AT some point in time I am sure many of us have felt alone, as if we were the only one. I feel it is a valid point; however, my question is what does a person do about it? That feeling of being out of synch from those around you can really do a number on you mentally. Imagine if the co-workers around you all share a fondness for a particular activity which you are not interested in; you could be left out of their conversations or out of office activities. One scenario I have seen numerous times is when one’s circle of friends goes from being single to being a part of a couple. As friends begin to couple up it is understandable there is some adjustment and before you say, “no there is not,” let me say there are a variety of reasons couples may prefer doing things with other couples. I am willing to bet if you were in a relationship that later dissolved, you would have felt alone as your coupled friends came to your support. A particularly difficult time for me took place during my freshmen year of college. I had gone to an out of state university that no one else from my high school was planning on attending. Alone in a foreign city was tough for me, especially because I was the only freshman on my floor; the other residents were all graduate students. It was not until one of my classes held a panel discussion with outside guests that I first felt a connection to some similarly minded students. It was as if a secret door had opened in the middle of the 30,000+ student body and I finally stopped feeling as if I was the odd man out. It was an eye opening experience, not so dissimilar from the one that takes place in this animated adventure comedy. WITH a secret map in her possession Smurfette, voiced by Demi Lovato (Glee-TV, Sonny with a Chance-TV), takes off on a journey that will show her things that she has not found in her own village. Including Mandy Patinkin (The Princess Bride, Homeland-TV) voicing Papa Smurf, Julia Roberts (Mother’s Day, Closer) voicing SmurfWillow, Joe Manganiello (Magic Mike franchise, True Blood-TV) as Hefty Smurf and Rainn Wilson (Juno, The Office-TV) as Gargamel; this movie was geared more for the younger child. The animation was colorful and there were many scenes filled with action. Honestly, I felt like I was watching one of those old Saturday morning cartoon shows I remember as a kid. I appreciated the dual messages the writers were trying to get across to the viewers; however, I found the story in general mediocre. There was nothing either good or poor about this picture; it was predictable and a little bland for me. Granted I was never into the Smurfs while growing up, but I thought the writing could have been more creative to add heft to the fun and excitement factors. As a whole I was left with a bland feeling about this movie; I could have (if I was into the Smurfs) easily have waited to see this some Saturday morning on television, while eating a bowl of breakfast cereal by myself.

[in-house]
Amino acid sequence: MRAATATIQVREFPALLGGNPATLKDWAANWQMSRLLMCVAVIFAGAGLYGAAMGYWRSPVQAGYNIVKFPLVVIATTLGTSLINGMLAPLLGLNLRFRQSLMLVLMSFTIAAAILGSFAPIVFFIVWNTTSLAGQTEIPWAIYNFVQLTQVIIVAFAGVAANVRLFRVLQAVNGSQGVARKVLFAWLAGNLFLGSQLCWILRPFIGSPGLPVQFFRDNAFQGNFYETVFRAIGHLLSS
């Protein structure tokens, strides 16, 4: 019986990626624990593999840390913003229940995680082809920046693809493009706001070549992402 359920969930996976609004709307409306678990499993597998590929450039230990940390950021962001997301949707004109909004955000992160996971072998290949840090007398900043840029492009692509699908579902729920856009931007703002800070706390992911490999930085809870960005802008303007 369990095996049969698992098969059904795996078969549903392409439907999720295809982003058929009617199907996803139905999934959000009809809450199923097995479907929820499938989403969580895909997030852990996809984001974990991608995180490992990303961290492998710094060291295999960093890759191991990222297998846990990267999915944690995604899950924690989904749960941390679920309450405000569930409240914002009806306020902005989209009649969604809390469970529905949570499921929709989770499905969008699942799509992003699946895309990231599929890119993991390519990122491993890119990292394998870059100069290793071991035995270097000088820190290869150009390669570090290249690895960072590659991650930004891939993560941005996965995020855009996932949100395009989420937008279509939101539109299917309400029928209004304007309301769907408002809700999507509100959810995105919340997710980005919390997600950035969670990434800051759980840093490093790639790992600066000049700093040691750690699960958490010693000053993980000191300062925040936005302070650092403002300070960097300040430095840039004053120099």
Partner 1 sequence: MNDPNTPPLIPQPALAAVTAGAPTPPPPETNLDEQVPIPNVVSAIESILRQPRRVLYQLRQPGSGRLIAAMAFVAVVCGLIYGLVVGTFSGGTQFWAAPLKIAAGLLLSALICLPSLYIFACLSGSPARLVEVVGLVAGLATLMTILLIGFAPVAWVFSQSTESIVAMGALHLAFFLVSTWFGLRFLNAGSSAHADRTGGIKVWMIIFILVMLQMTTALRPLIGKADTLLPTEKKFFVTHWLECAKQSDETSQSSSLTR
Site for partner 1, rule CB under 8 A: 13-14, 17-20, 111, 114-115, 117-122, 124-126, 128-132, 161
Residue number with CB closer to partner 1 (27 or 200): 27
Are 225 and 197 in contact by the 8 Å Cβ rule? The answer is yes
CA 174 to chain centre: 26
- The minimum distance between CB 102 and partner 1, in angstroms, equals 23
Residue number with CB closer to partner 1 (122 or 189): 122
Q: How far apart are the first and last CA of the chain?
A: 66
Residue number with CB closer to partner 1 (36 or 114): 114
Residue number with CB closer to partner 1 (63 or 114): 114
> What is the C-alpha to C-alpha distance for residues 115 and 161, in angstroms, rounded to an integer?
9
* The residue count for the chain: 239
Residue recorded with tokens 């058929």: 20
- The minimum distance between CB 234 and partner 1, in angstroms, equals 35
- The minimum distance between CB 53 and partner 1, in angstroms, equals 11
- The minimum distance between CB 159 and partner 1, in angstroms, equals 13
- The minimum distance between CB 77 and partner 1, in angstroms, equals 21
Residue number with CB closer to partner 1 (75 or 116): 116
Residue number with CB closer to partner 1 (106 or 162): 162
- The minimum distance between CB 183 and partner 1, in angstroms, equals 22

LIFE as you know it can burst apart in a seismic moment when you are introduced to your new baby sister or brother. If you are the first born it probably is a bigger adjustment than it would be for those born after you. When you are the only one, you benefit from your parents devoting their attention solely on you. With multiple children in the family the parents may feel as if they are spending equal time with each child; but the perception from the child’s point of view may be totally different. It stands to reason before that baby arrived the only child was the sole focus; now 2 siblings will vie for the attention of Mom and Dad. It does not stand to reason that the scope of your parents’ attention will double with each new child coming into the household. If that was not enough then there is the whole issue about birth order and the characteristics associated with it; such as the middle child gets the least attention and the youngest of the siblings gets spoiled. THE thing that stuns me the most about families with more than one child is how these early, shall we say, landmines can lead to the deterioration of family ties. I recently was talking with someone who expressed they do not talk to their brother. When I asked what they meant, they told me they have not had any communication with their sibling for years. Personally I cannot understand how siblings could dissolve to a level where it was preferable to end all communication between each other. One has to wonder where the parents and their involvement in the upbringing of these children were during the siblings’ formative years. The answers may be found in this animated family comedy. THERE was something different about the baby, voiced by Alec Baldwin (The Departed, 30 Rock-TV), who came into the life of Tim, voiced by Miles Christopher Bakshi (Shrek franchise). For starters the baby was dressed up in a suit. This movie was geared towards the older siblings of a family. I felt part of the humor and sight gags were pointed more to the 6-10 year olds; however, a good portion of the script had the parents in mind, with the type of jokes and references on display. I am not sure if younger children will have as much fun watching this film. Alec was perfect in the role, though Steve Buscemi (Reservoir Dogs, Fargo) as Francis Francis, TV talk show host Jimmy Kimmel as Dad and Lisa Kudrow (Easy A, The Comeback-TV) as Mom held their own. What I enjoyed about this movie besides the humor was its retro look; the visuals reminded me of some of the cartoon shows I used to watch when I was a kid. Underneath all of this I thought the writers did a wonderful job in introducing the lesson of the story. Maybe parents will see the lesson to learn early on, but for children it came across in an imaginative way. Pitting this against other recent animated films, this one may not have all the bells and whistles; however, as the baby of the family I refrain from making such comparisons. There was a brief extra scene in the middle of the credits and another extra scene at the end.